if you are legally indigent and unable to hire a lawyer,the court must appoint you one. Check with the clerk of court to see who, if anyone, the court appointed. If you prefer to retain an attorney, you can certianly do that and should right away. The same lawyer normally (without waivers) will not be able to represent the 2 of you but the same judge may preside over both cases.
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Whether or not you qualify for a court-appointed attorney depends on your financial status. Obviously, this varies from person to person so one co-defendant could qualify and not another. It could also be that his attorney just handles his communications differently. Nothing much happens before the first court date, so you could have a court appointed attorney who is planning on getting started at the first setting.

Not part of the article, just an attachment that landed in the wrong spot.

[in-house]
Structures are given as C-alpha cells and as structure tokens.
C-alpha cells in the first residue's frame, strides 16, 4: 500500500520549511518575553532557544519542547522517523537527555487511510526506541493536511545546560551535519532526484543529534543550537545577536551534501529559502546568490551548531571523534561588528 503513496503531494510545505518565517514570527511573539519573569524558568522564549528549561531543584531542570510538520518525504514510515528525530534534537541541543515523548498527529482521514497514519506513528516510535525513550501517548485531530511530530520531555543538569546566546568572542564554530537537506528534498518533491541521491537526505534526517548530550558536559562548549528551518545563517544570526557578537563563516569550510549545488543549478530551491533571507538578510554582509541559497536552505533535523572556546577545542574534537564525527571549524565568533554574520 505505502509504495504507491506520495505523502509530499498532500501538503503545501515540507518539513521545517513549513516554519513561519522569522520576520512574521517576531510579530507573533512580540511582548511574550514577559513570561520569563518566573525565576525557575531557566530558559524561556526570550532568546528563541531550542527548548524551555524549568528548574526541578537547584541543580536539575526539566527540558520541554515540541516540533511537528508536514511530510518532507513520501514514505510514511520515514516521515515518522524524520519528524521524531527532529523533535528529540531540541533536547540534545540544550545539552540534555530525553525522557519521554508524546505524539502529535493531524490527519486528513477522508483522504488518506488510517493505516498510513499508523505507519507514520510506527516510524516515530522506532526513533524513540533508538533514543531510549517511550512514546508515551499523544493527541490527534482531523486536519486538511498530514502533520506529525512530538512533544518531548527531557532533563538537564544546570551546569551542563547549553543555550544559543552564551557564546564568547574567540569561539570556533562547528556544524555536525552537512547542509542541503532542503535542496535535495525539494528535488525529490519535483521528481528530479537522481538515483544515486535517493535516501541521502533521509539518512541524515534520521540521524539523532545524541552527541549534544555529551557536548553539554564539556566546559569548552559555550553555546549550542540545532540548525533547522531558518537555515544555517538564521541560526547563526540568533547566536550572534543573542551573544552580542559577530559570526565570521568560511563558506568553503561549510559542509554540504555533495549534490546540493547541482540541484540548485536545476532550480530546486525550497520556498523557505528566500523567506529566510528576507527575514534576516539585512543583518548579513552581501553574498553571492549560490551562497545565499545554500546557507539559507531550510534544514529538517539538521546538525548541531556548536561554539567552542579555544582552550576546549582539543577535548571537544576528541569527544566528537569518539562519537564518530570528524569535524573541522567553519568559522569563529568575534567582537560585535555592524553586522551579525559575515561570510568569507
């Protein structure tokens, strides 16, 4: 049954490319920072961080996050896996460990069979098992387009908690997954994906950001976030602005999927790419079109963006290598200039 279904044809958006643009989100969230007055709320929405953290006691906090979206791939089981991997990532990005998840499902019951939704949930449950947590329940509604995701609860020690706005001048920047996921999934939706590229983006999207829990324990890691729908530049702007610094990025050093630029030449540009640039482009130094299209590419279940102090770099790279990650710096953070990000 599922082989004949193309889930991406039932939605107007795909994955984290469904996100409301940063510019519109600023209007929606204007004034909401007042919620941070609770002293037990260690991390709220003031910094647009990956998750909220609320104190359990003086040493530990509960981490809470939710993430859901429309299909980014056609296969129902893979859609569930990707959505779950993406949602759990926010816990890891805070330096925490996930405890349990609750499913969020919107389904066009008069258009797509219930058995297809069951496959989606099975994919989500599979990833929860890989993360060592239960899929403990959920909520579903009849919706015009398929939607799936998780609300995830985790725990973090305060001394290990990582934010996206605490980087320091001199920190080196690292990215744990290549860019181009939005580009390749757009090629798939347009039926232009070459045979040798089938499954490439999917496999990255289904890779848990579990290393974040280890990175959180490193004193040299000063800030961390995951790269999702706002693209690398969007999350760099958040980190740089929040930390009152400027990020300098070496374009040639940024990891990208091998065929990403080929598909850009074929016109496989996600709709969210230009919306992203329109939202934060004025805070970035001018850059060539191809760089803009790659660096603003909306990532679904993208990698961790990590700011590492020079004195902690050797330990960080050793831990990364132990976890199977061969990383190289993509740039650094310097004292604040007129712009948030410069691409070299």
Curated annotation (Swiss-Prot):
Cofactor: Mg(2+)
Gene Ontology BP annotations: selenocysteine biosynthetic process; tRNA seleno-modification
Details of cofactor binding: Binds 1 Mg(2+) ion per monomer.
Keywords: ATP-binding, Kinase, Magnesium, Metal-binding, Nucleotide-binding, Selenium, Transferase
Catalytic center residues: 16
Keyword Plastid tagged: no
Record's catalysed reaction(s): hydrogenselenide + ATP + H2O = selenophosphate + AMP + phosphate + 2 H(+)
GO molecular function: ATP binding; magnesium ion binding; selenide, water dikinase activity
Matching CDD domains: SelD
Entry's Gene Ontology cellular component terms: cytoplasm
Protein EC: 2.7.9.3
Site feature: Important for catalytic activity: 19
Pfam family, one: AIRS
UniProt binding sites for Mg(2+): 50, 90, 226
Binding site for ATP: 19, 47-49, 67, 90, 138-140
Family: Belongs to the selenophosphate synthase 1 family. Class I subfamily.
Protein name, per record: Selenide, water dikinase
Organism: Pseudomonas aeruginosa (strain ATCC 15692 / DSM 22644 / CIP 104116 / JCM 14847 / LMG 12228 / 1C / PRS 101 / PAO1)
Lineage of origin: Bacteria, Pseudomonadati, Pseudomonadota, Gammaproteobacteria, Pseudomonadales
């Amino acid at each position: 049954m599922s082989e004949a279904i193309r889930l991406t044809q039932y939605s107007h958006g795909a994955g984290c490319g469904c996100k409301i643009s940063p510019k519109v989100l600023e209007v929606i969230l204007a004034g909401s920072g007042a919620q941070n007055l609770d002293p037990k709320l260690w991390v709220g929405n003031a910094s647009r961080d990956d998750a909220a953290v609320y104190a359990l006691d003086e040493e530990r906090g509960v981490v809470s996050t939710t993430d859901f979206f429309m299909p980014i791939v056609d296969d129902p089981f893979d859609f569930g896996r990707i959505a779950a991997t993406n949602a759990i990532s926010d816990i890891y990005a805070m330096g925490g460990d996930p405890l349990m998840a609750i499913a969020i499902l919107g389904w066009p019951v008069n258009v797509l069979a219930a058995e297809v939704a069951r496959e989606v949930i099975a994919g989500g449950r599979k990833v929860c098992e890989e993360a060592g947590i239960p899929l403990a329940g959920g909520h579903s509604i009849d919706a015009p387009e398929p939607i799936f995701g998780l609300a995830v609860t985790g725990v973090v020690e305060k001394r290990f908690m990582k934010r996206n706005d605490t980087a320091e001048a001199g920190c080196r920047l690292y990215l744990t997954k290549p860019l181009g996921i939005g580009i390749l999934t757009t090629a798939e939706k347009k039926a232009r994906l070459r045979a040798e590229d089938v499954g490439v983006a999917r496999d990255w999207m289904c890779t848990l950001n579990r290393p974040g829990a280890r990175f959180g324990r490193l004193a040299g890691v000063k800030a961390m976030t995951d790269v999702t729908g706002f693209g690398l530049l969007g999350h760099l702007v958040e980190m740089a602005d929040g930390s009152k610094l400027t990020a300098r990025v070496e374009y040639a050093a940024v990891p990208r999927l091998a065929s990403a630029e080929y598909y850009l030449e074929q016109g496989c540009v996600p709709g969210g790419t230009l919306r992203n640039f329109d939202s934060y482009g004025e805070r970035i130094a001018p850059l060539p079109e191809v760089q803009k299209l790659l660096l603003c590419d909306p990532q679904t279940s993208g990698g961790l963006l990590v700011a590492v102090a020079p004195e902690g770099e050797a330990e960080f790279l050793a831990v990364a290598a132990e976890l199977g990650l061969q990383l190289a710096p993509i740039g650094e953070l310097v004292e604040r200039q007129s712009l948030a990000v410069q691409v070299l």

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Normally in Texas a defendant has to fill out a written application for a court appointed attorney before the court appoints one.
Yes, it is possible to have a case with two defendants where one has an appointed lawyer and one does not. This is because appointment of counsel is normally done based on the defendant being financially unable to hire a lawyer.
You can contact the clerk of the court or the court's administrator to inquire whether a lawyer has been appointed to represent you.
However, if you can afford a lawyer and want to have control over who represents you, you need to meet with some criminal defense lawyers. Most do not charge for the first visit.
Answers on Avvo are for general information purposes only and should not be relied upon as legal advice. No attorney / client relationship is created by providing this answer. For specific advice about your situation, you should consult a competent attorney of your choosing.